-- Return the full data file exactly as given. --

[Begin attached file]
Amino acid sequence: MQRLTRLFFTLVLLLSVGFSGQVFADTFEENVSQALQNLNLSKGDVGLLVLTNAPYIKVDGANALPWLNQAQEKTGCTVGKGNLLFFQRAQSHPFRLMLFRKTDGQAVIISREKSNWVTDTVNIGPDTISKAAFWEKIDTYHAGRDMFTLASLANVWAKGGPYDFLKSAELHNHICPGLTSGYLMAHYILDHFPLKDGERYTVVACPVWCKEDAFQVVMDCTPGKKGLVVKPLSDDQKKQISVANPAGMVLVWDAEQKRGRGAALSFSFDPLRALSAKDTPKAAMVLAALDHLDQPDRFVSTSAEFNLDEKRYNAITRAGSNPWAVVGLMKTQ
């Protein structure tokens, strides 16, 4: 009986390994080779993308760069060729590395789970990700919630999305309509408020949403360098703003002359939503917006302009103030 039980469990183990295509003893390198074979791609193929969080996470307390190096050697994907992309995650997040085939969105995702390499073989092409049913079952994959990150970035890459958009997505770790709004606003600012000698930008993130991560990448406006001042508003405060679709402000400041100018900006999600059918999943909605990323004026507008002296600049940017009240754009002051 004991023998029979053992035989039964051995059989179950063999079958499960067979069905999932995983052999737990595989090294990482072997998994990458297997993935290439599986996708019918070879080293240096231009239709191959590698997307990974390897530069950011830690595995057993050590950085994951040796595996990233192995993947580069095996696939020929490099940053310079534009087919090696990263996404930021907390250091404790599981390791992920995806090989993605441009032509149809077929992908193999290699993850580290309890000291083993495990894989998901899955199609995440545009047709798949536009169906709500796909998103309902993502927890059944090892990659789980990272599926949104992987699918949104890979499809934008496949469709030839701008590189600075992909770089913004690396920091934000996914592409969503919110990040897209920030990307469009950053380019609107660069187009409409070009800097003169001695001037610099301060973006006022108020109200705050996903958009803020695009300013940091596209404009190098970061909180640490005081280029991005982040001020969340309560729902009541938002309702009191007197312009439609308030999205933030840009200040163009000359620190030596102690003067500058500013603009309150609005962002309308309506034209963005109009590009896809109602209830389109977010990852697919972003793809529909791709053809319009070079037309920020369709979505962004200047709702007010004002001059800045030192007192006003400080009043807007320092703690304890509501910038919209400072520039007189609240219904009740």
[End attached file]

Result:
Amino acid sequence: MQRLTRLFFTLVLLLSVGFSGQVFADTFEENVSQALQNLNLSKGDVGLLVLTNAPYIKVDGANALPWLNQAQEKTGCTVGKGNLLFFQRAQSHPFRLMLFRKTDGQAVIISREKSNWVTDTVNIGPDTISKAAFWEKIDTYHAGRDMFTLASLANVWAKGGPYDFLKSAELHNHICPGLTSGYLMAHYILDHFPLKDGERYTVVACPVWCKEDAFQVVMDCTPGKKGLVVKPLSDDQKKQISVANPAGMVLVWDAEQKRGRGAALSFSFDPLRALSAKDTPKAAMVLAALDHLDQPDRFVSTSAEFNLDEKRYNAITRAGSNPWAVVGLMKTQ
């Protein structure tokens, strides 16, 4: 009986390994080779993308760069060729590395789970990700919630999305309509408020949403360098703003002359939503917006302009103030 039980469990183990295509003893390198074979791609193929969080996470307390190096050697994907992309995650997040085939969105995702390499073989092409049913079952994959990150970035890459958009997505770790709004606003600012000698930008993130991560990448406006001042508003405060679709402000400041100018900006999600059918999943909605990323004026507008002296600049940017009240754009002051 004991023998029979053992035989039964051995059989179950063999079958499960067979069905999932995983052999737990595989090294990482072997998994990458297997993935290439599986996708019918070879080293240096231009239709191959590698997307990974390897530069950011830690595995057993050590950085994951040796595996990233192995993947580069095996696939020929490099940053310079534009087919090696990263996404930021907390250091404790599981390791992920995806090989993605441009032509149809077929992908193999290699993850580290309890000291083993495990894989998901899955199609995440545009047709798949536009169906709500796909998103309902993502927890059944090892990659789980990272599926949104992987699918949104890979499809934008496949469709030839701008590189600075992909770089913004690396920091934000996914592409969503919110990040897209920030990307469009950053380019609107660069187009409409070009800097003169001695001037610099301060973006006022108020109200705050996903958009803020695009300013940091596209404009190098970061909180640490005081280029991005982040001020969340309560729902009541938002309702009191007197312009439609308030999205933030840009200040163009000359620190030596102690003067500058500013603009309150609005962002309308309506034209963005109009590009896809109602209830389109977010990852697919972003793809529909791709053809319009070079037309920020369709979505962004200047709702007010004002001059800045030192007192006003400080009043807007320092703690304890509501910038919209400072520039007189609240219904009740």